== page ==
Bombshell is a graphic, often shocking depiction of what happens behind the scenes at Fox News and the true stories of the women who were harassed and abused in silence. With Oscar-worthy performances and a story that has yet to be told, Charlize Theron, Nicole Kidman, and Margot Robbie all provide the tension and anxiety of these unspeakable circumstances as they portray the women who exposed the corruption of Roger Ailes.
Kayla (Margot Robbie) is new at Fox and more excited than ever to join the network that she grew up watching with her family. She sees only opportunity and the chance to write about the truth as a conservative. But as she soon discovers, the quaint innocence depicted on screen is anything but the truth: Fox is cutthroat and abusive. The network promotes both exploitative sexuality and silence. Once proud, Kayla sees her co-workers as they struggle to simply exist in such a toxic environment: women forced to give over their bodies for the needs of the network, closeted gay employees pushed back into the closet, and abusive male dominance running rampant. But Kayla soon becomes involved in the tangled allegations of her fellow co-workers Gretchen Carlson (Nicole Kidman) and Megyn Kelly (Charlize Theron). Caught between her hopes for a career and her struggle to speak her own truth, Kayla turns to Carlson and Kelly as all three embrace separate yet equally disturbing encounters at Fox News.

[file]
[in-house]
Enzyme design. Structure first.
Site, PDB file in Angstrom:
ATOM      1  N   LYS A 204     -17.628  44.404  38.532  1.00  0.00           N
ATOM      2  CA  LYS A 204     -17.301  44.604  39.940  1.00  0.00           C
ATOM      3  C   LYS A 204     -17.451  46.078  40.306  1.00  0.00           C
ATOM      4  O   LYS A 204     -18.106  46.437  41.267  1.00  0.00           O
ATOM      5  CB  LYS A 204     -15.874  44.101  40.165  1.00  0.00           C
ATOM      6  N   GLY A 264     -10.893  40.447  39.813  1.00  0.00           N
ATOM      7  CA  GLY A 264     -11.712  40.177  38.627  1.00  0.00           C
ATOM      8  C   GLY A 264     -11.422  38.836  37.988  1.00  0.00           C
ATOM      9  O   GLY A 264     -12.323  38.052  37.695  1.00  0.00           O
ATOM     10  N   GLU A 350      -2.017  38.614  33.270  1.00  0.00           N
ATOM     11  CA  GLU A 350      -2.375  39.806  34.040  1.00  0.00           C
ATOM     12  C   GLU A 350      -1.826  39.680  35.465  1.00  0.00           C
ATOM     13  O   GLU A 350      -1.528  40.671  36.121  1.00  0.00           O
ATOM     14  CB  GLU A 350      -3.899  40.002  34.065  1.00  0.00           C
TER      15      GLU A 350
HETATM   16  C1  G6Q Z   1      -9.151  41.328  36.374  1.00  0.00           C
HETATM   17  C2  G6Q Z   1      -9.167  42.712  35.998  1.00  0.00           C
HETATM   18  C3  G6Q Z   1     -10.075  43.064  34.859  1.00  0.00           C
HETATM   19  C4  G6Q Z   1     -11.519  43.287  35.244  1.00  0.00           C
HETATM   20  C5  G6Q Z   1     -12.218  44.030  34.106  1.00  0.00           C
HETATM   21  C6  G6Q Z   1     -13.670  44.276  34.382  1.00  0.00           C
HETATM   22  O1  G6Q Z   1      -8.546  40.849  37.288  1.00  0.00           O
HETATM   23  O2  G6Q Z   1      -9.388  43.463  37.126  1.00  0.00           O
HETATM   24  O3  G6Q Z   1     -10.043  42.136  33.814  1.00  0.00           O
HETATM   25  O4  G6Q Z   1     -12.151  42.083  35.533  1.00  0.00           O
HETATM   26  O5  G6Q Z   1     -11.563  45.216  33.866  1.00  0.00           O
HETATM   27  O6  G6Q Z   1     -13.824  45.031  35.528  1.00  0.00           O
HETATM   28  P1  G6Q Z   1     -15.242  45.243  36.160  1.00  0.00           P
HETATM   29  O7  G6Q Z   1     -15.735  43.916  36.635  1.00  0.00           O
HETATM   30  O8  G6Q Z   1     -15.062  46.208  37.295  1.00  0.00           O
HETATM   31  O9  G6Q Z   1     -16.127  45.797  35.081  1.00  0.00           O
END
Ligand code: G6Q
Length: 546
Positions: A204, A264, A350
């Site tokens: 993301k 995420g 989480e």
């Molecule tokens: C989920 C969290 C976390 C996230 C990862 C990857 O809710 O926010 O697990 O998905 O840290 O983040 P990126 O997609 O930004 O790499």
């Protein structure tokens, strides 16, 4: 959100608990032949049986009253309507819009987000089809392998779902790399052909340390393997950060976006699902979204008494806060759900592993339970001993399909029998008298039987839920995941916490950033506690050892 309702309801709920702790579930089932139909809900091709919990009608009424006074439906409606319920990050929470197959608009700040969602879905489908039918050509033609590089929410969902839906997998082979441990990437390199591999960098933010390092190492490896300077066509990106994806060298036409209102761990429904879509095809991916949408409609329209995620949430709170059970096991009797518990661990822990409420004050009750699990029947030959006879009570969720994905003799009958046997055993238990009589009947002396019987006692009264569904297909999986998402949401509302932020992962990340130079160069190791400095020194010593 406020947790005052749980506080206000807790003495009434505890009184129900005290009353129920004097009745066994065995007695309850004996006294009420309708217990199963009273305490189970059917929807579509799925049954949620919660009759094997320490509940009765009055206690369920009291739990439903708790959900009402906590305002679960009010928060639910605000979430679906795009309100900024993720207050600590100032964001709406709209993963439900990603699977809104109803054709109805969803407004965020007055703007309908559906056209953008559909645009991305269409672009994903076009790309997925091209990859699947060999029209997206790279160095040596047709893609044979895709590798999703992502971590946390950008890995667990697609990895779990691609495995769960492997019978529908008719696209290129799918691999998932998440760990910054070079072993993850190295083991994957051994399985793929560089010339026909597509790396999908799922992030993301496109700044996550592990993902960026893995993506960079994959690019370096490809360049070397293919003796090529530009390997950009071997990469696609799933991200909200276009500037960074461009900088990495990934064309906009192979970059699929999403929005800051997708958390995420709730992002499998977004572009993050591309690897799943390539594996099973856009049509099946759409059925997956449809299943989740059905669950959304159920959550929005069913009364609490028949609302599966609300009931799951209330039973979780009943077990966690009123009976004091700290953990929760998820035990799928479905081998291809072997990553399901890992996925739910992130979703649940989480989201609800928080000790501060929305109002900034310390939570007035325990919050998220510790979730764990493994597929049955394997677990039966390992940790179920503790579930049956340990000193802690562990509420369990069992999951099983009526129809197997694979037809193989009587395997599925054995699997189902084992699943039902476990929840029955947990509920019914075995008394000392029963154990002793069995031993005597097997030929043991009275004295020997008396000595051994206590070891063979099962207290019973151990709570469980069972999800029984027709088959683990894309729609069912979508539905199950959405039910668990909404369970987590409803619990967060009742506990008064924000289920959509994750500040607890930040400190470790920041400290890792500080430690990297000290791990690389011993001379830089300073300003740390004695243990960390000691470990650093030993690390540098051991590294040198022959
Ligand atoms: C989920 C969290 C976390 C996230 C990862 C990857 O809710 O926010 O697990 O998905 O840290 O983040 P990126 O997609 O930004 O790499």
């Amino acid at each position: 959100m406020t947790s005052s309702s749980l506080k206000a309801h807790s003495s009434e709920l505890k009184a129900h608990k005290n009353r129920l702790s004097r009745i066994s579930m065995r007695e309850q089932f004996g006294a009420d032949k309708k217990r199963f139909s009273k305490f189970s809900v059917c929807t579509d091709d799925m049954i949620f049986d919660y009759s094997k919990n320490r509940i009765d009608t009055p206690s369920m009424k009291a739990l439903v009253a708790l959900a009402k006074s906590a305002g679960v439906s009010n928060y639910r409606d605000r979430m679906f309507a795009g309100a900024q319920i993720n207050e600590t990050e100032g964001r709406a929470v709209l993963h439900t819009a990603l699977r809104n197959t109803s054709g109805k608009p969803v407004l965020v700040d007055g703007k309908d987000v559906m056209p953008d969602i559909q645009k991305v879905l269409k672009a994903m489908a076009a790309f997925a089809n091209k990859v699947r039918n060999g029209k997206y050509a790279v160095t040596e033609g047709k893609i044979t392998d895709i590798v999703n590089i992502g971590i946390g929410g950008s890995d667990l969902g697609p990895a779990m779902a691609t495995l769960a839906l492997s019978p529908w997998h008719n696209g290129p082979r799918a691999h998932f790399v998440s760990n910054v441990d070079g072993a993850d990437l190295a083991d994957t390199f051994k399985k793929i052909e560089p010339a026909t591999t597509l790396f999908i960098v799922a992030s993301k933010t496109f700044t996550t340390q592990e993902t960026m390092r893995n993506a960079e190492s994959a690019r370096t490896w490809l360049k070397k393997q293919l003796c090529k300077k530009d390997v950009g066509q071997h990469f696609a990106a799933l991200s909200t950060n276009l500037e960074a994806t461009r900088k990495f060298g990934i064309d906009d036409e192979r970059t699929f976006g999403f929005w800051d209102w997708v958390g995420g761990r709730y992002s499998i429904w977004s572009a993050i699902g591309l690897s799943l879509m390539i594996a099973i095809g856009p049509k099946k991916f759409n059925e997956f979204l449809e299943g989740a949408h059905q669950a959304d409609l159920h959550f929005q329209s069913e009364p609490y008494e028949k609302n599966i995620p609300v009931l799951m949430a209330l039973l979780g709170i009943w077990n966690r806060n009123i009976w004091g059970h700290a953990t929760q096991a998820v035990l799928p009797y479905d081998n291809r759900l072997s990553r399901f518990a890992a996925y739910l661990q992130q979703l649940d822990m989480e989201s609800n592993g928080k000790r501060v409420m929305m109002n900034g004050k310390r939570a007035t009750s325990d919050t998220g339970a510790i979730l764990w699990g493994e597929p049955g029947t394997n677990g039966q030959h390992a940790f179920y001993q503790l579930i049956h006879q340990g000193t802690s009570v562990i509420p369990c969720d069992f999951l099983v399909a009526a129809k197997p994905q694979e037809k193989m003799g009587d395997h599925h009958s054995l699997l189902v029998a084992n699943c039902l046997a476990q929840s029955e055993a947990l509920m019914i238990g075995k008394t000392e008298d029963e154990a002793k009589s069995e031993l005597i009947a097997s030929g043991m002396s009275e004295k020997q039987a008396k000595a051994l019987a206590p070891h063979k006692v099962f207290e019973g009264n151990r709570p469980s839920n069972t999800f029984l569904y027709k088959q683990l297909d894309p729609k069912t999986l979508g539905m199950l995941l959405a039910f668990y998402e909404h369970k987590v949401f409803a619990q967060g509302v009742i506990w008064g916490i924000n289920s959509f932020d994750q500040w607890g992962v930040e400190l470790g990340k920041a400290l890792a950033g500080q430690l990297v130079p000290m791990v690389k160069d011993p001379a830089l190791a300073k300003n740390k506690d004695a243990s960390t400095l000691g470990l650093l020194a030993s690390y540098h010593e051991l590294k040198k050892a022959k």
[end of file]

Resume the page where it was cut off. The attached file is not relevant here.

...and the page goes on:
Bombshell was painful to watch. There were a number of scenes that I had to look away from because the content was so real and brutal—yet important. These women have incredible stories to share, ones that need to be told and embraced. In a day and age when so many are ignored and abused in the workplace, Bombshell begs for more. While biased in many ways, there were so many fantastic performances that it was impossible not to enjoy. From makeup to costume design, the acting and performances were uncanny; I had to remind myself that these were actors and not the actual women at Fox. While not suitable for all viewers, those who can endure the intensity are certain to find excellent performances, shocking details about the Roger Ailes investigations, and insights into the lives of three Fox women, only one of them a fictional character.
They wanted to share the news, not their bodies. Bombshell remains one of the most outspoken, controversial films during the #MeToo movement, yet it refrains from the senseless, unprecedented anger that so many times blurs the message of the movement altogether. It focuses on the relevant and exposes the complications that occur in toxic environments while refraining from being gratuitous. While it is not what I would call “enjoyable,” this movie is important. Whether you are a Republican or a Democrat, a Fox News viewer or an opponent of the network, there is still something to be learned: We can’t be silent, and we can do so much better.